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Malinski MK, Sesso HD, Lopez-Jimenez F, Buring JE, Gaziano JM. Alcohol Consumption and Cardiovascular Disease Mortality in Hypertensive Men. Arch Intern Med. 2004;164(6):623–628. doi:10.1001/archinte.164.6.623
Copyright 2004 American Medical Association. All Rights Reserved. Applicable FARS/DFARS Restrictions Apply to Government Use.2004
Heavy alcohol drinking is associated with a dose-dependent increase in blood pressure, but data on the relation between alcohol consumption and mortality in hypertensive patients are sparse.
To assess the relation between light to moderate alcohol consumption and total mortality from cardiovascular disease (CVD) among men with hypertension.
Participants and Design
From the Physicians' Health Study enrollment cohort of 88 882 men who provided self-reported information on alcohol intake, we identified a group of 14 125 men with a history of current or past treatment for hypertension who were free of myocardial infarction, stroke, cancer, or liver disease at baseline.
Main Outcome Measure
Comparison of total and CVD mortality among men with hypertension who had reported to be either nondrinkers or rare drinkers, or light to moderate drinkers.
During 75 710 person-years of follow-up, there were 1018 deaths, including 579 from CVD. Compared with individuals who rarely or never drank alcoholic beverages, those who reported monthly, weekly, and daily alcohol consumption, respectively, had multivariate adjusted relative risks (RRs) for CVD mortality of 0.83 (95% confidence interval [CI], 0.62-1.13), 0.61 (CI, 0.49-0.77), and 0.56 (CI, 0.44-0.71) (P<.001 for linear trend). In the same groups, RRs for total mortality were respectively 0.86 (CI, 0.67-1.10), 0.72 (CI, 0.60-0.86), and 0.73 (CI, 0.61-0.87) (P<.001 for linear trend). Among men with a systolic blood pressure of 140 mm Hg or higher or a diastolic blood pressure of 90 mm Hg or higher, the RRs for CVD mortality were, respectively, 1.00 (referent), 0.82 (CI, 0.56-1.21), 0.64 (CI, 0.48-0.85), and 0.56 (CI, 0.42-0.75) (P<.001 for linear trend). On the other hand, we found no significant association between moderate alcohol consumption and cancer mortality (P = .8 for linear trend).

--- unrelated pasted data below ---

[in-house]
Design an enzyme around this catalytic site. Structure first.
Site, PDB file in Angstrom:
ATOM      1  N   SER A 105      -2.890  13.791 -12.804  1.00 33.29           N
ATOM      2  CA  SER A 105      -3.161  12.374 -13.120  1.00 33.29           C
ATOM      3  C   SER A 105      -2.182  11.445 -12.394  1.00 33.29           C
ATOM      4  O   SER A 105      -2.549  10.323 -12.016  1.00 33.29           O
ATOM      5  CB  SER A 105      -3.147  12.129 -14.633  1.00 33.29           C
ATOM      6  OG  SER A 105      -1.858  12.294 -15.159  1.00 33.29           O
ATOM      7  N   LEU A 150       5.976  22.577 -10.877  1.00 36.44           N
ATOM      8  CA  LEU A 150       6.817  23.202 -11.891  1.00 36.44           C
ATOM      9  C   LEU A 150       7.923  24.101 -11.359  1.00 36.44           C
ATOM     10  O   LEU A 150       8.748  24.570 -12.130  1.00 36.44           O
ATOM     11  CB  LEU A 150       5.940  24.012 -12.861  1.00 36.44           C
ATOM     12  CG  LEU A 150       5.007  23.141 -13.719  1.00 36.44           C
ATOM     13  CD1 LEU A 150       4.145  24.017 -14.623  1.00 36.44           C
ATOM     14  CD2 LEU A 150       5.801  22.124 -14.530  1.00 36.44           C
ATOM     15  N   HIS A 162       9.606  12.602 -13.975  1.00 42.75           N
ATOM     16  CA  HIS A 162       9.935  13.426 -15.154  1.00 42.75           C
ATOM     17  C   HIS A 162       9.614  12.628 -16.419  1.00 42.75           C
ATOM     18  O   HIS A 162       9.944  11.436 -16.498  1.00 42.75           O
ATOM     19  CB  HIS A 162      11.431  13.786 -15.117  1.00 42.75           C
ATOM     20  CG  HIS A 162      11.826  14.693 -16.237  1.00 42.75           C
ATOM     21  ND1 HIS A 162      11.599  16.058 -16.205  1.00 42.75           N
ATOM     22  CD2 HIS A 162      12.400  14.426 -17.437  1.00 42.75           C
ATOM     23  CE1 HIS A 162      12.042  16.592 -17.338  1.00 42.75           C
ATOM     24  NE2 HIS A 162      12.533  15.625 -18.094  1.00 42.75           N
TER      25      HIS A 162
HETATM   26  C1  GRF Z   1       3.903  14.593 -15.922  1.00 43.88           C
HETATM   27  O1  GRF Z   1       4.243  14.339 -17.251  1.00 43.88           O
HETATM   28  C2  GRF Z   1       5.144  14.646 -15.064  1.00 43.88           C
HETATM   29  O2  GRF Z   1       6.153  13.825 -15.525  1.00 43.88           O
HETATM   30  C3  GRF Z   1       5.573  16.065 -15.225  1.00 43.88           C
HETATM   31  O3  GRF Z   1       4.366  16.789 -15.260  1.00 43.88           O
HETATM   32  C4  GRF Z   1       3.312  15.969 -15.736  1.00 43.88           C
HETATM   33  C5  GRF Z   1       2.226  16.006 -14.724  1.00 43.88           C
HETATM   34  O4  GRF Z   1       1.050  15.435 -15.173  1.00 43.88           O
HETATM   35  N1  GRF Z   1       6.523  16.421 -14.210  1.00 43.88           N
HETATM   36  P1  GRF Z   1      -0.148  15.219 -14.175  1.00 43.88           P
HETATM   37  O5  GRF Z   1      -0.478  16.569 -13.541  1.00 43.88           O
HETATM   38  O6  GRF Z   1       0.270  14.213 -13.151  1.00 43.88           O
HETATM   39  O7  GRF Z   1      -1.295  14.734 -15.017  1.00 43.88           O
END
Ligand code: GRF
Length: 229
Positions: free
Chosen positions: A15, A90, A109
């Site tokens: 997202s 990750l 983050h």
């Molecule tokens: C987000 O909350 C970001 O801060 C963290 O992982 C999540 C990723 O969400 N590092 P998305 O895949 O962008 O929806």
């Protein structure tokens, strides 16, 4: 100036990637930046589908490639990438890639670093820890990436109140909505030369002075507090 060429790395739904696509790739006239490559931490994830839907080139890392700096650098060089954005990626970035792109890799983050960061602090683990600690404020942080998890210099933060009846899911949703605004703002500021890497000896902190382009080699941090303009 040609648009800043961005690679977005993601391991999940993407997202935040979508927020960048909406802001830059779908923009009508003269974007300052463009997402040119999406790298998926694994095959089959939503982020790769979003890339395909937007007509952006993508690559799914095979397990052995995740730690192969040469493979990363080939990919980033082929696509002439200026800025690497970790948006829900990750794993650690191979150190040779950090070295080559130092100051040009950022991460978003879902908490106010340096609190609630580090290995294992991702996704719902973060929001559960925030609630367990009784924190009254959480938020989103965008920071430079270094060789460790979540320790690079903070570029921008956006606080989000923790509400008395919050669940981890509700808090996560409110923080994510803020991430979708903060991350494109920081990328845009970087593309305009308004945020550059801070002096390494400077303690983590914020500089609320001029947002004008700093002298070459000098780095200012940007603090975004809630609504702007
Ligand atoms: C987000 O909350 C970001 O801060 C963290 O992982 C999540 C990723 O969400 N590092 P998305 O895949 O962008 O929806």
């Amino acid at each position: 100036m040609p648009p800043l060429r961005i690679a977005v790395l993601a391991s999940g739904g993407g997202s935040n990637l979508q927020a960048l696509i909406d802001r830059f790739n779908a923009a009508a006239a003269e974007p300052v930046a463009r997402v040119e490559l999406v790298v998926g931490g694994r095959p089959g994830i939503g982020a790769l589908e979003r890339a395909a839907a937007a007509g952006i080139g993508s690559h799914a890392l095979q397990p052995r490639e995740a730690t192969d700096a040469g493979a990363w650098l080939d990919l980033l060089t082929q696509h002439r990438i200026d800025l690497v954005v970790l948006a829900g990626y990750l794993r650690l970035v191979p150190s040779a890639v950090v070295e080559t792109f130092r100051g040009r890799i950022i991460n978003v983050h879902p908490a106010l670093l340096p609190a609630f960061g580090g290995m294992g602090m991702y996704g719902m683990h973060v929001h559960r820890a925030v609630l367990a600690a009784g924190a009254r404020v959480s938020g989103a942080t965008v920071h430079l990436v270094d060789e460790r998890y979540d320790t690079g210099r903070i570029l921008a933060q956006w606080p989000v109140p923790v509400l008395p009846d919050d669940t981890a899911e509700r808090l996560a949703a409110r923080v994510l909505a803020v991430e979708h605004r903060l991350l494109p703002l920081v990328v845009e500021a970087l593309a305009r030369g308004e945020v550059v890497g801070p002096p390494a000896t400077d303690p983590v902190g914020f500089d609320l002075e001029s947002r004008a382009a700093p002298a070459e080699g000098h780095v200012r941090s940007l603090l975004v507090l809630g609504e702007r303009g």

These results, which require confirmation in other large-scale studies, suggest that light to moderate alcohol consumption is associated with a reduction in risk of total and CVD mortality in hypertensive men.
A recently published American Heart Association Science advisory states that"patients who are hypertensive should avoid alcoholic beverages."1 In contrast, earlier American Heart Association dietary guidelines2 and a statement from the Sixth Report of the Joint National Committee on the Prevention, Detection, Evaluation, and Treatment of High Blood Pressure (JNC VI)3 recommends limiting alcohol intake to no more than 2 drinks per day for men, and 1 drink per day for women, for the prevention and treatment of hypertension. Heavy alcohol consumption has been shown in observational studies to have a strong positive association with elevated blood pressure.4-6 Clinical trials7,8 have demonstrated that reduction in alcohol intake among individuals who drink heavily (ie, 3 or more drinks per day) can lower blood pressure in normotensive and hypertensive men.
In the general population, epidemiologic studies have consistently demonstrated an inverse association between moderate alcohol consumption and cardiovascular disease (CVD) mortality.9-14 Whether or not alcohol consumption has a similar association with CVD mortality among individuals with hypertension, however, is a largely unexamined and controversial question. We therefore used prospective data from the Physicians' Health Study enrollment cohort to assess whether light to moderate alcohol intake is associated with reduced total and CVD mortality among hypertensive men.
The Physicians' Health Study was a randomized, double-blind, placebo-controlled trial of low-dose aspirin (325 mg every other day) and beta carotene (50 mg every other day) in the primary prevention of CVD and cancer. Potentially eligible participants were male physicians living in the United States. In 1982 letters of invitation, informed consent forms, and baseline questionnaires were mailed to 261 248 male physicians listed on the American Medical Association's mailing tape. By February 1984, 104 353 completed questionnaires had been returned. We excluded persons with missing alcohol data, and those reporting a history of myocardial infarction (MI), stroke, cancer, or liver disease at baseline. These exclusions resulted in a total of 88 882 subjects, 14 125 of whom had self-reported current or past treatment for hypertension and thus comprised our study population.
Information about alcohol consumption and several other coronary risk factors was collected at baseline. The physicians were asked in a single question how often they usually consumed alcoholic beverages (including beer, wine, and liquor) and offered 7 possible responses: rarely/never; 1 to 3 per month; 1 per week; 2 to 4 per week; 5 to 6 per week; 1 per day; and 2 or more per day. We interpreted the responses to be the number of drinks consumed in the specified period. Information was also collected about other self-reported coronary risk factors, including age, cigarette smoking (never, past, or current [<20 cigarettes/d or ≥20 cigarettes/d]), cholesterol level, use of cholesterol-lowering medications (yes/no), systolic (SBP) and diastolic (DBP) blood pressure, frequency of vigorous exercise (≥1/wk), and history of angina pectoris (yes/no) and diabetes mellitus (yes/no). Body mass index was calculated from self-reported weight in kilograms divided by the square of the height in meters.